One of our favorite seasons at the BELL is blackberry season. You may have heard about it from your neighbors. We have scores of families arriving to pick their own blackberries often with the kids clutching their Halloween baskets ready to be filled with healthy summer treats. Blackberries may be the most well known biennial plants to most gardeners and even non-gardeners.

One of the many ways plants are categorized such as deciduous vs. evergreen, shrub vs. vine, tree vs. shrub, sun-loving vs. shade loving is by their life cycle, annual, biennial, perennial. In plants the life cycle is the period of time it takes for the seed to germinate, the plant to grow vegetatively – leaves and stems, produce flowers and then the fertilized flowers produce new seeds.

An annual completes its life cycle in one growing season a growing season can be as little as one month or take almost an entire year. Corn is a great example of an annual. The seed is planted, the plant grows, produces a tassel at the top which is a cluster of male flowers; the silk and ear compose the female flower. The pollen is transferred from the tassel to the silks by the wind and only the dormant seed is left to be planted again in the next growing season.

By definition perennial plants live three years or more. Herbaceous (plants with no persistent woody stem above ground) perennials are plants that bloom year after year. Their tops die back to the ground each fall, but their crowns and root systems remain alive, though dormant, during winter. They regrow from those roots and crowns when conditions are right the following spring.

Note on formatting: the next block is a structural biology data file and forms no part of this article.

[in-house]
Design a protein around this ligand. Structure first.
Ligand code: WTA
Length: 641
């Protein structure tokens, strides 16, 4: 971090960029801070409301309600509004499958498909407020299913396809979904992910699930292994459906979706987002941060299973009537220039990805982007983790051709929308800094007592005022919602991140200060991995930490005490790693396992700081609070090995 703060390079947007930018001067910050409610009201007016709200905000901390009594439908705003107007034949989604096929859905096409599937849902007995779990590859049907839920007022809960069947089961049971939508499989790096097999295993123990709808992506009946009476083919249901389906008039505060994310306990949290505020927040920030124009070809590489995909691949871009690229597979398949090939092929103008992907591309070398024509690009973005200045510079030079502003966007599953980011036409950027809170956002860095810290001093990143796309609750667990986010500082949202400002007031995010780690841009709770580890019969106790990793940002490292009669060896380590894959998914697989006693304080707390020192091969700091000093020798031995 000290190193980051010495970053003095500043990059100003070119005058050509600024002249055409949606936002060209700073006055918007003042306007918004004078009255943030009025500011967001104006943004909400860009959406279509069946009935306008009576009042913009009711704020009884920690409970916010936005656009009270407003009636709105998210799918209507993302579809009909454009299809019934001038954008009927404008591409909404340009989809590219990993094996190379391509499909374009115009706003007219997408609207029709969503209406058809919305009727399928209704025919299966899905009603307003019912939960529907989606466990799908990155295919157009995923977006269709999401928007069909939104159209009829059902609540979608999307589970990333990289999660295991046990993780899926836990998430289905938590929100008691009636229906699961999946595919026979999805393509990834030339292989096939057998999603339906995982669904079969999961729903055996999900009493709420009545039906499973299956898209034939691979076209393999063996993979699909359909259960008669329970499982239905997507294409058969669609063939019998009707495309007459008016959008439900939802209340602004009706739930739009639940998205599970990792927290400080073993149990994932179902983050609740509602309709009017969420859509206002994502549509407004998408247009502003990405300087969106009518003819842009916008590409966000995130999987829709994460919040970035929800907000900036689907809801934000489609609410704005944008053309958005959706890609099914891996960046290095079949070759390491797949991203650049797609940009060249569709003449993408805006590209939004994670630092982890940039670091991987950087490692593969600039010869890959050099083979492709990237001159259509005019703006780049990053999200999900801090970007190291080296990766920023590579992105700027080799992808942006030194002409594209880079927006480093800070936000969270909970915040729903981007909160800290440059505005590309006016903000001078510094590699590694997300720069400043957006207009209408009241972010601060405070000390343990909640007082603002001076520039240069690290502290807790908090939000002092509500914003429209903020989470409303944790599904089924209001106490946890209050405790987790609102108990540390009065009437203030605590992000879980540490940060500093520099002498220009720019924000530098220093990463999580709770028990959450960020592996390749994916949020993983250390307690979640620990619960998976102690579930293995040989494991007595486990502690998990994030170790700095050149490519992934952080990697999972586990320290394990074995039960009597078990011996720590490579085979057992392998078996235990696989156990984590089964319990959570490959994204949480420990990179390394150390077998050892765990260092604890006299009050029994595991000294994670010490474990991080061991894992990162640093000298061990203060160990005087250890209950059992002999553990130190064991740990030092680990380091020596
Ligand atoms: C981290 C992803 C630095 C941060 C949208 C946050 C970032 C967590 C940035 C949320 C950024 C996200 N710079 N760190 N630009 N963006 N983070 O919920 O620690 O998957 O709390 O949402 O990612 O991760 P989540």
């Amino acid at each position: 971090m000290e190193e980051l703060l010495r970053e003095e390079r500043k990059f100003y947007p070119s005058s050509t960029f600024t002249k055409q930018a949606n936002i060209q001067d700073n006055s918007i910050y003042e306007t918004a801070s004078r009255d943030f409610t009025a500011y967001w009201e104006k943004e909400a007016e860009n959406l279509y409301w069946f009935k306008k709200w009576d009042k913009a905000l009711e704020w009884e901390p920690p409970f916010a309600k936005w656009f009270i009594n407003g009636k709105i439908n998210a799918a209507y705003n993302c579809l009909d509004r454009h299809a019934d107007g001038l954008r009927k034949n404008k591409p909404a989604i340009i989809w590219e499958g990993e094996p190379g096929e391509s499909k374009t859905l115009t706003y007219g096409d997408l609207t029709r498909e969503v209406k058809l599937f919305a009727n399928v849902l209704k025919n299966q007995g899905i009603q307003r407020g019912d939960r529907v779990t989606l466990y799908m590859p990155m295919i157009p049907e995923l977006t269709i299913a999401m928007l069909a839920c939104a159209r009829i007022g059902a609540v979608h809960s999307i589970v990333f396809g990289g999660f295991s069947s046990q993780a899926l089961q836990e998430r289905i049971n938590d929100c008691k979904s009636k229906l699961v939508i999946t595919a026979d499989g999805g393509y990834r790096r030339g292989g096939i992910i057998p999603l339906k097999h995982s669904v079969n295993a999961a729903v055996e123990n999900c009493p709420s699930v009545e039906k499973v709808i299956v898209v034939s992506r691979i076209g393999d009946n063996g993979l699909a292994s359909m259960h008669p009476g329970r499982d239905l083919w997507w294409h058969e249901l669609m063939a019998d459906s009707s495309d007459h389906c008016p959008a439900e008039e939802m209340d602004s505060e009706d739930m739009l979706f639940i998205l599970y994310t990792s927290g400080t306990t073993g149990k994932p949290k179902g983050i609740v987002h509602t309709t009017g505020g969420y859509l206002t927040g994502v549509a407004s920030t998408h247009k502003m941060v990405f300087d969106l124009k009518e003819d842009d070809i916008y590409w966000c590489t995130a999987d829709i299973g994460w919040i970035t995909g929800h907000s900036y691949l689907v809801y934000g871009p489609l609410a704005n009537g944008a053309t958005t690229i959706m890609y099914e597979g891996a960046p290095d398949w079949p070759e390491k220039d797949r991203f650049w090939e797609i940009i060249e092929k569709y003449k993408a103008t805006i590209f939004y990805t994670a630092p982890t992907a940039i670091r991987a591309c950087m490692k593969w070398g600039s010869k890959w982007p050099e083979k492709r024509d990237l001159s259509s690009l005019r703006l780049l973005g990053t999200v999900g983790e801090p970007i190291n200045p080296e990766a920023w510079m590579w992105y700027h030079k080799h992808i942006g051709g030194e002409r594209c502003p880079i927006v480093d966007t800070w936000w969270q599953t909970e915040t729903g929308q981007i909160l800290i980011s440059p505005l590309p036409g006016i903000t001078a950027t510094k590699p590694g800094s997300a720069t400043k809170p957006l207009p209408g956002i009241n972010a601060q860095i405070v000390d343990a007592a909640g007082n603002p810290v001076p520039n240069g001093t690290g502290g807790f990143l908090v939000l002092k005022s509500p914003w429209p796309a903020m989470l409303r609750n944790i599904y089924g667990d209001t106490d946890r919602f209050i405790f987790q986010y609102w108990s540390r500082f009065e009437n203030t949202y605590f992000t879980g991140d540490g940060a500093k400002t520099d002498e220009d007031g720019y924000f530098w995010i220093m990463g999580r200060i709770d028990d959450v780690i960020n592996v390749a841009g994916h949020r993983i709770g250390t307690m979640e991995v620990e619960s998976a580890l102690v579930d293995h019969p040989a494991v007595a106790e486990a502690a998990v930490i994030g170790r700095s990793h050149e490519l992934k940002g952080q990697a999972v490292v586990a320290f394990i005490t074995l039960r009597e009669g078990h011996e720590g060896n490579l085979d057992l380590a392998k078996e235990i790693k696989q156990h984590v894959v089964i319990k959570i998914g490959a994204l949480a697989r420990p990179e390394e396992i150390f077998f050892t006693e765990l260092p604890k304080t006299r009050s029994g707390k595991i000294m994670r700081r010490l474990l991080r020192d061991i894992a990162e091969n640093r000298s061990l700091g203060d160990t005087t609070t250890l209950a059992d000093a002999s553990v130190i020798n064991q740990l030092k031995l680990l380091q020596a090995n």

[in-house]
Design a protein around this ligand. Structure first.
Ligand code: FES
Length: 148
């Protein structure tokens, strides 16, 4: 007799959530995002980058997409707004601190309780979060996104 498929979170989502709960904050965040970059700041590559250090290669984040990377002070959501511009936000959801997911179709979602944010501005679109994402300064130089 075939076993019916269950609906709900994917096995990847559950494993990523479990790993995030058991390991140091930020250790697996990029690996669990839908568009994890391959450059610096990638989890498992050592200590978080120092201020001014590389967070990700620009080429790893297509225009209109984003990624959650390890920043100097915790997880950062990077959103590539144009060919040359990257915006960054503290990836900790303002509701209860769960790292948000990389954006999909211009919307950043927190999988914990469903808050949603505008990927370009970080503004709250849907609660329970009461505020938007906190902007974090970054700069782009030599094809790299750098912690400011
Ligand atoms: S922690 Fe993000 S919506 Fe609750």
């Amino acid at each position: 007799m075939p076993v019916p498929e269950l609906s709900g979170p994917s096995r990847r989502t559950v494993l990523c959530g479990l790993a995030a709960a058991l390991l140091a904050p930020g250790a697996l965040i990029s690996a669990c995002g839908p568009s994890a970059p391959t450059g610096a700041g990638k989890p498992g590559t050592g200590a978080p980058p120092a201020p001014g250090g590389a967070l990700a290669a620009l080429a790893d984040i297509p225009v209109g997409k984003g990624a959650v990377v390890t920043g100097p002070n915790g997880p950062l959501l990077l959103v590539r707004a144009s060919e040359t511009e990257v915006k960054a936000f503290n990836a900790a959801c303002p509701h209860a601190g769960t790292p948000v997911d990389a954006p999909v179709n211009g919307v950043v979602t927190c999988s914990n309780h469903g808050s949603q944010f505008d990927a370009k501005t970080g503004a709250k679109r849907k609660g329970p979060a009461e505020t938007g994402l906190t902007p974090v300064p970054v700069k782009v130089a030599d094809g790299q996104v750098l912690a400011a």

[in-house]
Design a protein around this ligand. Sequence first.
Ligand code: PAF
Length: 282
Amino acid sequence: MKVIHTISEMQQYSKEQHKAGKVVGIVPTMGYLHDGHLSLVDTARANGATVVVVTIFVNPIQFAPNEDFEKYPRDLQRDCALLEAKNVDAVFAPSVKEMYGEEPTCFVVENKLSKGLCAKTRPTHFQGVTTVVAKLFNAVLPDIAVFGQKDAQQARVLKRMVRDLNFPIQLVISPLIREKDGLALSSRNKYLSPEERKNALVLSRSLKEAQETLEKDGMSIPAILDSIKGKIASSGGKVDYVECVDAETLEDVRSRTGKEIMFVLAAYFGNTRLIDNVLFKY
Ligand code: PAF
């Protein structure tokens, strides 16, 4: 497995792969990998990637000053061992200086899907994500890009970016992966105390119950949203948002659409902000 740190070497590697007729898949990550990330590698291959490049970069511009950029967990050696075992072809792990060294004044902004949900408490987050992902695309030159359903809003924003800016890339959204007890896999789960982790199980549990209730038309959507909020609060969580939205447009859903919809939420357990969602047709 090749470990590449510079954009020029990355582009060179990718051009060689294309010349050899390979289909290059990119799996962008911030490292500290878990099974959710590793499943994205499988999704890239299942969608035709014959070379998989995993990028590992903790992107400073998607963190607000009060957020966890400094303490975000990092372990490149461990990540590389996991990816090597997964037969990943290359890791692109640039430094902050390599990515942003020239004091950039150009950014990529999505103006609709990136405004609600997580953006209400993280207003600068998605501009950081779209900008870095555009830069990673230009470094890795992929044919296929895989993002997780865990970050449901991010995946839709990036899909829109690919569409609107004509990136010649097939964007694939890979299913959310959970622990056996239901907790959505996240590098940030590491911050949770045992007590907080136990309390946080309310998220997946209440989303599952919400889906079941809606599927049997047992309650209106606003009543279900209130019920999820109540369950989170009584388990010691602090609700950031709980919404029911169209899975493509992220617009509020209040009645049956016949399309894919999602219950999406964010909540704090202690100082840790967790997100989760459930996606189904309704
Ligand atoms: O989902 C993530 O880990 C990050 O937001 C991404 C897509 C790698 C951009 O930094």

But what is a biennial? Basically, biennials in the garden are flowering plants that have a two-year biological cycle, they complete their life cycle over two growing seasons. Biennial plant growth begins with seeds that produce the root structure, stems and leaves during the first growing season. A short stem and low basal rosette of leaves remains through the winter months. During the biennial’s second season, the plant growth continues with the formation of flowers, fruit and seeds then the mother plant dies. Common biennial plants in the flower garden include foxgloves and Canterbury bells. But in the vegetable garden cabbage, kale, Brussels sprouts, carrots, and celery are also biennials! We usually harvest them after their first season of vegetative growth, so we never actually see the flowers.